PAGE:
Personally, I think some of the all wood flatbeds I have seen are better looking than steel or aluminum. Not that they would hold up, but they're pretty.

maxresdefault.jpg


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#5 LTD OFFLINE  

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Posted February 10, 2014 - 11:40 PM

I LOVE flatbed's. It makes it way easier to haul tractor's. I have hauled two at a time,quite often. Driven on from the side, two will fit on an 8 foot bed perfectly. I have stake pocket's with removable sides on mine. Can remove the sides and tailgate in less than a minute. Sides double as ramps.It is a wood flatbed. I didn't build it myself, and don't like some things about it. It is pine, which is too weak. Rebuilding it this spring/summer with 2" oak. Best advice is: carry plenty of ratchet straps. With a properly strapped load, your as safe or safer than hauling in a standard pickup box.


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#6 Bill 76 ONLINE  

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Posted February 11, 2014 - 03:54 AM

Make sure you secure your load on all four corners,The state patrol around here is kinda picky about that,for good reason.

Oh yeah put on lots of led marker lights,check your states dmv on line for light placement and don't forget the rear bumper,around here we can't use wood for bumper.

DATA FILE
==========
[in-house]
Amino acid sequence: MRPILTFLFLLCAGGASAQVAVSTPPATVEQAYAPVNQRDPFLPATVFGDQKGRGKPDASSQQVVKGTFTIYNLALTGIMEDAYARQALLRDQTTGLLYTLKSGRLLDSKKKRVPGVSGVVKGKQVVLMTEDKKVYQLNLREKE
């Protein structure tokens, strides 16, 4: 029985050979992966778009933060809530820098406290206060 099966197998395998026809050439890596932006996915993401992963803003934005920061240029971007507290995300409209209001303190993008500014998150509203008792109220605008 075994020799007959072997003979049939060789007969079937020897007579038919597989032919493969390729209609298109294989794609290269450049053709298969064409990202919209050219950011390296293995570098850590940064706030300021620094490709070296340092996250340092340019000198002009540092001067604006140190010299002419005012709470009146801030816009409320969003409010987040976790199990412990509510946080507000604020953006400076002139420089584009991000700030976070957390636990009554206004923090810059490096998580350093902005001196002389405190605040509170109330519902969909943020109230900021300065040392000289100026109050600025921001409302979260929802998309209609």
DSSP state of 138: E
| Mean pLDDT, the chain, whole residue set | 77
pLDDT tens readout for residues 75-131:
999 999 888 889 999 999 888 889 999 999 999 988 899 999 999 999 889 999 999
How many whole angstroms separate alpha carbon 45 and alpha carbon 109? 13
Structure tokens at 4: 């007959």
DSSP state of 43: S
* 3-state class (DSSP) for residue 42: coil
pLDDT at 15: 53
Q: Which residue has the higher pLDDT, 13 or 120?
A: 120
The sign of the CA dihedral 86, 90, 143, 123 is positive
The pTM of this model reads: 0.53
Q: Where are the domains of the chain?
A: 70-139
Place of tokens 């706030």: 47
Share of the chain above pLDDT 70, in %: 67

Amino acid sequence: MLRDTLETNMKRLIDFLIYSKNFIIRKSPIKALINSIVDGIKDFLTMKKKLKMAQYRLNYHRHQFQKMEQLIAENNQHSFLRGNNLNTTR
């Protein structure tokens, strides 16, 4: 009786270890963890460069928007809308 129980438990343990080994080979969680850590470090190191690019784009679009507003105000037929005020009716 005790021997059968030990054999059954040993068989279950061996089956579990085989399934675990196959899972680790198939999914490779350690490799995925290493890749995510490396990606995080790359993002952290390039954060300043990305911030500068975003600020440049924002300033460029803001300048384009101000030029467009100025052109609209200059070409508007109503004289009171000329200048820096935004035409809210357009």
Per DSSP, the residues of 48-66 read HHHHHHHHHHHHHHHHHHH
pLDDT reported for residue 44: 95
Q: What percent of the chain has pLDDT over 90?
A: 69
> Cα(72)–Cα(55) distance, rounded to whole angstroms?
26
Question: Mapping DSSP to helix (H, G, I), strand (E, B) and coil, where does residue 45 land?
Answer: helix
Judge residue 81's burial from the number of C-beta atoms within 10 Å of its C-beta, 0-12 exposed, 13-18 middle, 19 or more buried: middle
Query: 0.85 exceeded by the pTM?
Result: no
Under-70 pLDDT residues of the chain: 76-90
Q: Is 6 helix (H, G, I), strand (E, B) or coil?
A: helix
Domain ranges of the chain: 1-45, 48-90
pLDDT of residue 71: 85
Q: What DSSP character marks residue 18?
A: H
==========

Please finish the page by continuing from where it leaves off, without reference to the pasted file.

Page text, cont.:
The better you make it look the less chance the bear will pull you over (never any fun comes from that) 


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#7 JD DANNELS OFFLINE  

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Posted February 11, 2014 - 10:56 AM

There are tradeoffs in everything. I personally like the flatbed concept, but have never had one.

Inside a standard pickup has 4X8 ft usable that's 32 sq ft. A 6X8 flatbed would give you 48 sq ft and you gain 16 sq ft of usable deck.

And you don't have those fender pockets that hang up everything your trying to unload.

Besides that unless your well over 6 ft tall lifting items over the sides of a pickup is a pain, making the flatbed much handier.

 

Now with a flatbed everything has to be secured to prevent it blowing out.

Another consideration is insurance and some insurance companies consider anything with a flatbed requires Commercial Rates.